How individuals, groups came together to fight lies in 2018
MANILA, Philippines – If 2018 were a movie, then one of its greatest adversaries would have been a character called “fake news.”
Technology and social media have, unfortunately, made spreading lies and disinformation online with so much ease. (READ: More Filipinos aware of fake news on social media – Pulse Asia)
The spread of false information in the Philippines started during the 2016 presidential election through fake accounts. They sowed anger by seeding timelines with revisionist narratives of history and misleading memes. The weaponization of the internet and social media took off after President Rodrigo Duterte's election, using hate to incite violence against perceived critics of the drug war and the government. Two years later, "patriotic trolling" shows no signs of stopping. (WATCH: 'Fake news' and the dilemma it has created)
But there is a silver lining in this situation: in 2018, various groups and individuals banded together for the sole purpose of fighting fake news.
Several media groups worked on various initiatives this year to address the threats that online disinformation posed to media and democracy.
From an annual forum of media leaders, Media Nation morphed into a collaboration toward fighting disinformation, improving media literacy, and protecting press freedom.
In January, the National Union of Journalists of the Philippines led several groups in staging Black Friday protests, initially as a response to the order of the Securities and Exchange Commissions (SEC) to revoke Rappler’s license for allegedly violating the Constitution and Anti-Dummy Law – a move considered as a major blow to press freedom. (TIMELINE: The case of Rappler’s SEC registration)
Rappler, the Philippine Daily Inquirer, the ABS-CBN News Channel (ANC), VERA Files, the Center for Media Freedom and Responsibility, Ateneo de Manila University, De La Salle Philippines, the University of the Philippines, BlogWatch, Media Nation, Citizen Safe, Foundation for Media Alternatives, and the Friedrich Naumann Foundation also organized a forum called Democracy and Disinformation in February to raise awareness on the state of democracy and the problem of disinformation in the country.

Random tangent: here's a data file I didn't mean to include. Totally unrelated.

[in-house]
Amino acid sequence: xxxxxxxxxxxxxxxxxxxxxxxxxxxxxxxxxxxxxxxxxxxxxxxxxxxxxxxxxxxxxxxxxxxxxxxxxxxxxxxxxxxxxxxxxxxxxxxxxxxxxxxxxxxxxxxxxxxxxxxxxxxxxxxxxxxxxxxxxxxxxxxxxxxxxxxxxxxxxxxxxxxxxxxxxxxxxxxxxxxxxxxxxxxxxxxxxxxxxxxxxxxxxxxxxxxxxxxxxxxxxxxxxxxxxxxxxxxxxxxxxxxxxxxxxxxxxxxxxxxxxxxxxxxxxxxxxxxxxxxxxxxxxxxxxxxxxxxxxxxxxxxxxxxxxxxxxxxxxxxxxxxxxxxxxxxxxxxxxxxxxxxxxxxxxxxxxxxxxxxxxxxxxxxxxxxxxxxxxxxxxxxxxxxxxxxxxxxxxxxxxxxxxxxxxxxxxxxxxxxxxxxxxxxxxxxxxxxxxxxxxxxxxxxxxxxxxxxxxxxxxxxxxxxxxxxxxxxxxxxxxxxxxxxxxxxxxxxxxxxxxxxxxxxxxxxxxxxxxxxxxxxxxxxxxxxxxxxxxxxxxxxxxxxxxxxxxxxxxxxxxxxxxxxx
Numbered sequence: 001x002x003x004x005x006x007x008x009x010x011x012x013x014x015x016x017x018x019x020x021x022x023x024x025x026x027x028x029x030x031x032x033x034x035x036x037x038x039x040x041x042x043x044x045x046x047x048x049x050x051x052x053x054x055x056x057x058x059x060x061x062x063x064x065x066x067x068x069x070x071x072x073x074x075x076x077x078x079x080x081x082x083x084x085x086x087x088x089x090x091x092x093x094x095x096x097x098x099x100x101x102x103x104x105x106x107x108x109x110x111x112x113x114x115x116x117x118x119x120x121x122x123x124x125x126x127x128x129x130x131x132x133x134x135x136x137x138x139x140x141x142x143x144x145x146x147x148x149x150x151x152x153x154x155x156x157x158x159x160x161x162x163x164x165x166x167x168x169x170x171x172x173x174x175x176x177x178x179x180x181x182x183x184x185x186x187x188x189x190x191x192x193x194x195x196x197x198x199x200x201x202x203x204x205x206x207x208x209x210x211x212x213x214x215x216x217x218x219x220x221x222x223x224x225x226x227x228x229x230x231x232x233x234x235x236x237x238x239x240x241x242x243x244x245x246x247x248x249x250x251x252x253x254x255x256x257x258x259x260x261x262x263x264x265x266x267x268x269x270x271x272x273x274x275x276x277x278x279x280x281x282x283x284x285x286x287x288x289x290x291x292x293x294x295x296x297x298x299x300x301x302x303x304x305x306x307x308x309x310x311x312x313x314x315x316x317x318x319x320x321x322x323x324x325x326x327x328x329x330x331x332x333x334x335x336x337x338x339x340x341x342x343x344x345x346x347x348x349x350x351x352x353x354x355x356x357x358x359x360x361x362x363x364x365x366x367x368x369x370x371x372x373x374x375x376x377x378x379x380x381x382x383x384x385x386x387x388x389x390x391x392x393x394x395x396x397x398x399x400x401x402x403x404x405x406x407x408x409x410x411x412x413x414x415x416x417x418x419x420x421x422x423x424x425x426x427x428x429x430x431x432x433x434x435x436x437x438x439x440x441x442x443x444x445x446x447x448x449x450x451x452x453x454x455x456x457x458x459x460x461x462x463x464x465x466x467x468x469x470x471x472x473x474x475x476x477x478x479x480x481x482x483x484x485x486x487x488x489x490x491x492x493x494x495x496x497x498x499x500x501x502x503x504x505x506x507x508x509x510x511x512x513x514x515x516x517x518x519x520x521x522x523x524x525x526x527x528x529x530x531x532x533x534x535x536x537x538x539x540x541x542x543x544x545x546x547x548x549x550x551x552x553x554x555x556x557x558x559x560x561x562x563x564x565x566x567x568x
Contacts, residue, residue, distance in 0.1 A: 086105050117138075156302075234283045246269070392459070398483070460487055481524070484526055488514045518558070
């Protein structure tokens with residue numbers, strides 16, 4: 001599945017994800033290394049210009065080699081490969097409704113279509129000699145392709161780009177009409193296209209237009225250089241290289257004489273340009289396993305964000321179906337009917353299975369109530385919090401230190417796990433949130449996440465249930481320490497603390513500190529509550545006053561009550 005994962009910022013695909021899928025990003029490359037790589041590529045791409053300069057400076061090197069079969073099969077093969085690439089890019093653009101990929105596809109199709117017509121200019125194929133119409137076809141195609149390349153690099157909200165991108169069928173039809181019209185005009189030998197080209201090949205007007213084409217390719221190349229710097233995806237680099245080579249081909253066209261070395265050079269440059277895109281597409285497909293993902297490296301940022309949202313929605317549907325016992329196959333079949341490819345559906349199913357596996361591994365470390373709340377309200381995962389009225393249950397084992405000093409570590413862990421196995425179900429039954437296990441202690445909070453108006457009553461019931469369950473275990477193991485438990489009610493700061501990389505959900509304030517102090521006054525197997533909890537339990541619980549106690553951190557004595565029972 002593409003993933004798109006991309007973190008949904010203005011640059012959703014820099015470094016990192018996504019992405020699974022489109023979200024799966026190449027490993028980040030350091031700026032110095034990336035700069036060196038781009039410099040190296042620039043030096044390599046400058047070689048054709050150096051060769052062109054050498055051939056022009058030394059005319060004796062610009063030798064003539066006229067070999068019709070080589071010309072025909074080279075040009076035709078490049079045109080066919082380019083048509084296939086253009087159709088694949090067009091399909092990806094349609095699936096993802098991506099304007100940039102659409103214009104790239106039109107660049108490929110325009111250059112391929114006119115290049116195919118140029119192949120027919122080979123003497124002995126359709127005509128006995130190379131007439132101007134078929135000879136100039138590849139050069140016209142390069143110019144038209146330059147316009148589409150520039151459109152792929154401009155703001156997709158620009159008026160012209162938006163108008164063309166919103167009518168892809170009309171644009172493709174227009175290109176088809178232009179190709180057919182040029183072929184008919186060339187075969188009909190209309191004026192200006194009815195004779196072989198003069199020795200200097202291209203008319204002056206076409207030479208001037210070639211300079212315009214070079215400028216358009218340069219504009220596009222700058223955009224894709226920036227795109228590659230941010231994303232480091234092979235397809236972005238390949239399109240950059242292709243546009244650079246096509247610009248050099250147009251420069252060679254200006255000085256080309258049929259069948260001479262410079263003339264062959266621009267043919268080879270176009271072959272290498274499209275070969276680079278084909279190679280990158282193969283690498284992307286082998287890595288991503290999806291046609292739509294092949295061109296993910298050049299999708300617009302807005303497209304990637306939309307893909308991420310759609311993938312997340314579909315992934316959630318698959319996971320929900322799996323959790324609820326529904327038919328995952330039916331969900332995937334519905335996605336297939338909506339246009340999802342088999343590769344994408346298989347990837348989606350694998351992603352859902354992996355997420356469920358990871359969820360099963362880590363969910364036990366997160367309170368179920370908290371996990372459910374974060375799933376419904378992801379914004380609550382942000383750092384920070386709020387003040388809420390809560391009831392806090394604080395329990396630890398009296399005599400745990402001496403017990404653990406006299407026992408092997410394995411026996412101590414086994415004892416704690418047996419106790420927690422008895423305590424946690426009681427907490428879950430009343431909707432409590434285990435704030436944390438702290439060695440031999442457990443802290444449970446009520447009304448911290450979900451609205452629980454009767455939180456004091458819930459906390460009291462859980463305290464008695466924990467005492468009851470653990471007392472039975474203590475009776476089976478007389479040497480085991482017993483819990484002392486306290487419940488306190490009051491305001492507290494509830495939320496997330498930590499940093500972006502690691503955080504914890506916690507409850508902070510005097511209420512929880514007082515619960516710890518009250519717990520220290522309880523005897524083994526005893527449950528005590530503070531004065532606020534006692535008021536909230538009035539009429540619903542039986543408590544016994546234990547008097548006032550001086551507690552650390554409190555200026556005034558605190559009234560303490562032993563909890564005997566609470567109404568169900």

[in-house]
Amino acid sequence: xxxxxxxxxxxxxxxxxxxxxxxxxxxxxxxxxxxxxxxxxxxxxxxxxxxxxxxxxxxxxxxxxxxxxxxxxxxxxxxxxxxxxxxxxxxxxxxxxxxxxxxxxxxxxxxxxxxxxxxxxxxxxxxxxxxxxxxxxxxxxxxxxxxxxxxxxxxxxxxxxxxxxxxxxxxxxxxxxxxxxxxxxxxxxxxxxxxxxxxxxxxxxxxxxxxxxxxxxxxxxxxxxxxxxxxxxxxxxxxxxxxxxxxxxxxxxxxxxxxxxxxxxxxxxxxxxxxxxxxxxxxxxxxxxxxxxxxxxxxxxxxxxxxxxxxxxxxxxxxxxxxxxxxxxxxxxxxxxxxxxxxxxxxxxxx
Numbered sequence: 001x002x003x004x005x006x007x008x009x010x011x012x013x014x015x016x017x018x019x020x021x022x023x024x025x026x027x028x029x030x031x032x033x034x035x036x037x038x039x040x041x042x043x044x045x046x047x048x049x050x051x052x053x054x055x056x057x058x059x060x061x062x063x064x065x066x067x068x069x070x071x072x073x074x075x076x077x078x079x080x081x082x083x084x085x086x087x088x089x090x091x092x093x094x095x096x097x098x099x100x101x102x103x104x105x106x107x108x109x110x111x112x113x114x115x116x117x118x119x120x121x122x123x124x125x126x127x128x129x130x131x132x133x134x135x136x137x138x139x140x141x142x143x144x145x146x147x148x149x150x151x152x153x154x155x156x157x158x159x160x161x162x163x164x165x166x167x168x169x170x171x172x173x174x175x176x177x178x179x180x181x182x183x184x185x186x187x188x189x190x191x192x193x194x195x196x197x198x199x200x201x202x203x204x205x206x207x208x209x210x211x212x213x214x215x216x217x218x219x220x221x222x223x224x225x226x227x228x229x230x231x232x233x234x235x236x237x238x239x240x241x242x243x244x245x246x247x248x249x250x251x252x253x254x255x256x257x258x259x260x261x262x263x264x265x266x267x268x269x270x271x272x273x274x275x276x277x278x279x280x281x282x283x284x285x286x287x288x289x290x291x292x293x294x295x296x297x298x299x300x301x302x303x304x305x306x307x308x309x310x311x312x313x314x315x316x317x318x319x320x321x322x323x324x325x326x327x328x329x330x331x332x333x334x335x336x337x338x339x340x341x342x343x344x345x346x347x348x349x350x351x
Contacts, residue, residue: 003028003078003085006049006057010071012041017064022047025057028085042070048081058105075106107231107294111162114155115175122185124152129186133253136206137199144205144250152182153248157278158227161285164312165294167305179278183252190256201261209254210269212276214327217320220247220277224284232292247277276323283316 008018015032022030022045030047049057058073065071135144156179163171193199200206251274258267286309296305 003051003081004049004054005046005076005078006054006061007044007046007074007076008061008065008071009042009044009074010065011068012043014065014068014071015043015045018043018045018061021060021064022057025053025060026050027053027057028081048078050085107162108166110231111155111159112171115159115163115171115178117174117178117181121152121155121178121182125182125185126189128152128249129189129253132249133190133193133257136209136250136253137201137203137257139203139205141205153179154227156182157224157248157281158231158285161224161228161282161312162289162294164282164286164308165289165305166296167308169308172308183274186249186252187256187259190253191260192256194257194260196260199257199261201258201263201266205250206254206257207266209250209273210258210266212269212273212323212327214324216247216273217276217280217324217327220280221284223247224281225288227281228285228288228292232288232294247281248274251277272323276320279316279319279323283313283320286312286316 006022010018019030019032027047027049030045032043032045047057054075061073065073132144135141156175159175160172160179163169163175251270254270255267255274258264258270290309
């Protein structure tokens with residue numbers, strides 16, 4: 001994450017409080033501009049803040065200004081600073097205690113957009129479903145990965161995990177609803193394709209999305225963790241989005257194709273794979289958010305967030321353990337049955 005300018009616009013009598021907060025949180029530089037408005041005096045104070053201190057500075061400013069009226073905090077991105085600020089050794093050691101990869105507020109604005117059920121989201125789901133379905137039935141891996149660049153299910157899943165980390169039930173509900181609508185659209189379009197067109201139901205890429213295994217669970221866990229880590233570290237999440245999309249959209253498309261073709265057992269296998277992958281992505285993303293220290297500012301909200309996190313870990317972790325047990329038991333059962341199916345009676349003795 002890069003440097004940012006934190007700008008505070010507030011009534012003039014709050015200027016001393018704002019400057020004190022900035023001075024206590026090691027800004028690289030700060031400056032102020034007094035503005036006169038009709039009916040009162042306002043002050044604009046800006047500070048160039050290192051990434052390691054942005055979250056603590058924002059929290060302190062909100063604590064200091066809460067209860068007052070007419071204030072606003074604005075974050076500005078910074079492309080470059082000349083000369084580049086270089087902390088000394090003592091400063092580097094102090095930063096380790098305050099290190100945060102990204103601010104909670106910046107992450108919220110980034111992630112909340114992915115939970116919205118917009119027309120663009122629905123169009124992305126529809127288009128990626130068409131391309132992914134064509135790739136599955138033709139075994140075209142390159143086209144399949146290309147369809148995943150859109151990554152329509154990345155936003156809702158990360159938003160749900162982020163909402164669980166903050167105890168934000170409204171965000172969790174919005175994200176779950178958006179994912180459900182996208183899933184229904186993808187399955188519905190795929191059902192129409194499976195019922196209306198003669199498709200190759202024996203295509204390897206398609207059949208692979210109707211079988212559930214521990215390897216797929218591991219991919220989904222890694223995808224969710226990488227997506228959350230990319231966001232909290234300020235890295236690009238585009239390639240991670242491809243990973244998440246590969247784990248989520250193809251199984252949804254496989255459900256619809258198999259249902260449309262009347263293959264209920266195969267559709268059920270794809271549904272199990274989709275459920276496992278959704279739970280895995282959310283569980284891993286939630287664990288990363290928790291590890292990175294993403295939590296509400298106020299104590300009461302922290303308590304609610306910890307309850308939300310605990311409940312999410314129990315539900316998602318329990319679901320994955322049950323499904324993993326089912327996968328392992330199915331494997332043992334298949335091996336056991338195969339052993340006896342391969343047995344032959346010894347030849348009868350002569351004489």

ANC, CMFR, NUJP, PCIJ, Rappler, and the SunStar group also celebrated World Press Freedom Day by launching an animated video that encourages people to read more, listen more, and consume news from diverse sources.
Meanwhile, the Unesco-led global campaigns #25SecondsForPressFreedom for World Press Freedom Day, and #ThruthNeverDies for World Impunity Day emphasized the importance of the press in the pursuit of truth. (WATCH: When Philippine media is threatened)
Student journalists and different communities also pledged to fight lies and disinformation in their own individual ways.
MovePH, Rappler’s civic engagement arm, organized several roadshows in Laguna, Cebu, Cagayan de Oro, and Eastern Visayas to promote the conversation on using social media for social good and train volunteers and student journalists on fact-checking.
At the #MoveCebu: Social Good in the Digital Age forum and workshop, students of the University of San Carlos (USC) in Cebu City pledged to fight disinformation. They not only promised to check their sources before sharing online posts, they also pledged to stay engaged online. (READ: USC students pledge to fight disinformation, defend press freedom)
MovePH also organized two bootcamp events at the Rappler headquarters in May and December for campus journalists who are interested in becoming volunteer fact-checkers.
In one of these events, they shared why press freedom mattered to them.
The Democracy and Disinformation consortium also organized a series of roadshows and held its first events in the provinces of Cebu and Pampanga. The events tackled the role of the media and the problems we face on democracy and disinformation, and taught the public what they can do to be part of the solution.
Reporting fake ‘news’
Civic engagement did not end with pledges during the workshops.
Online, volunteers and netizens reported and flagged Facebook links and posts they believed to be spreading fake news. They reported these posts in a Facebook group called Fact-checking in the Philippines, a platform where fact-checking advocates could "gather to discuss the disinformation problem and what we can do about it."
With the help of the community, Rappler's external fact-check efforts produced almost 200 explainers. Below are some of our fact-check stories that started from reports sent to us through email or Facebook.
- HOAX: Pope Francis 'agrees' with Duterte, 'slams' abusive priests
- HOAX: Pangilinan, Hontiveros 'file bill to abolish 13th month pay'
- HOAX: 'US diplomat' says Balangiga Bells were returned 'because of Duterte'
- HOAX: US Ambassador Nikki Haley 'quote' on Duterte
Do you want to be part of the MovePH network? Sign up here! – Rappler.com